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Gender Based Violence

Gender-based violence (GBV), violence directed against a person on the basis of gender, is a global phenomenon and a grave violation of human rights. Its most common form is violence against women.

The Declaration on the Elimination of Violence Against Women, adopted by the General Assembly in 1993, defines violence against women as “any act of gender-based violence that results in, or is likely to result in physical, sexual or psychological harm or suffering to women, including threats of such acts, coercion or arbitrary deprivation of liberty, whether occurring in public or in private life”.

Forms of violence against women and girls include: intimate partner violence; child, early and forced marriage; forced pregnancy; honour crimes; female genital mutilation; non-partner sexual violence; sexual harassment; trafficking; violence condoned by the State; and violence against women and girls in conflict situations. They have devastating effects on individuals, communities and societies, and entail significant economic and social costs for countries.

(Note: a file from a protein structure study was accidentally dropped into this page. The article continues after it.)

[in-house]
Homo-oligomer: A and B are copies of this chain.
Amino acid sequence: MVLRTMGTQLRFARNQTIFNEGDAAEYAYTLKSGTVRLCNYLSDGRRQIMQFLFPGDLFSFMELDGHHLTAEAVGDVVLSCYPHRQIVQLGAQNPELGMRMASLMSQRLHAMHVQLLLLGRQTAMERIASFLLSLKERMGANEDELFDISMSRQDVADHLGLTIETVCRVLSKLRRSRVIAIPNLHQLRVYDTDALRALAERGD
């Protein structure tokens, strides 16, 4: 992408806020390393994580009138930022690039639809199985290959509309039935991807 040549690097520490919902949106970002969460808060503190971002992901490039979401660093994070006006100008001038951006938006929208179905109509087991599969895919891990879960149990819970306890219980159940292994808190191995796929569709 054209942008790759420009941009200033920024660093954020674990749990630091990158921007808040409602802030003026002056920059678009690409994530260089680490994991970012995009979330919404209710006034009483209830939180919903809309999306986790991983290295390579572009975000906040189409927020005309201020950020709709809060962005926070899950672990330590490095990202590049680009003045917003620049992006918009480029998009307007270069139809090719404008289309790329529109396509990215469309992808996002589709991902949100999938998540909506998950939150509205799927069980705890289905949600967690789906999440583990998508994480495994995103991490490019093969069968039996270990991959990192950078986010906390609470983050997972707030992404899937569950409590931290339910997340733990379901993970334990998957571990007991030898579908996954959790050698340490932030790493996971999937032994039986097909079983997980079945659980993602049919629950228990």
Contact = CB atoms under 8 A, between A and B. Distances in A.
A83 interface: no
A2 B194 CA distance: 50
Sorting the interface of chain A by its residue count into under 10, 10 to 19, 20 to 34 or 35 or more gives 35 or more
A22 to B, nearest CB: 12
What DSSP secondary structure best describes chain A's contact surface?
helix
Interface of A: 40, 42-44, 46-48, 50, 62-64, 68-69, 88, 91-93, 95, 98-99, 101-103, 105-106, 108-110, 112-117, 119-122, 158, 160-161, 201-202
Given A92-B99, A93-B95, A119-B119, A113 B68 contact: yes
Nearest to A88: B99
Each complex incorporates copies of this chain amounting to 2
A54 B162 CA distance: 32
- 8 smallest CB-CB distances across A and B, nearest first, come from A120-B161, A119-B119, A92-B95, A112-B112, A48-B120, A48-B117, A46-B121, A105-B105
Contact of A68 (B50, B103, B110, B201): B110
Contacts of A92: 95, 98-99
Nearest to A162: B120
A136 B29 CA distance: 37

The obligation of States to respond to violence against women and girls is enshrined in a number of global conventions, agreements and resolutions, such as the Convention on the Elimination of all Forms of Discrimination against Women, The Beijing Platform for Action, and Security Council Resolution 1325.

In the Arab region, many countries have addressed gender-based violence and violence against women through legislation, protection measures and institutional reforms. More needs to be done, however, to apply such laws and measures, allocate resources to programmes combating violence, and eradicate practices rooted in discriminatory attitudes towards women and girls. ESCWA works with member States and other stakeholders to enhance safety for women and guarantee them access to justice.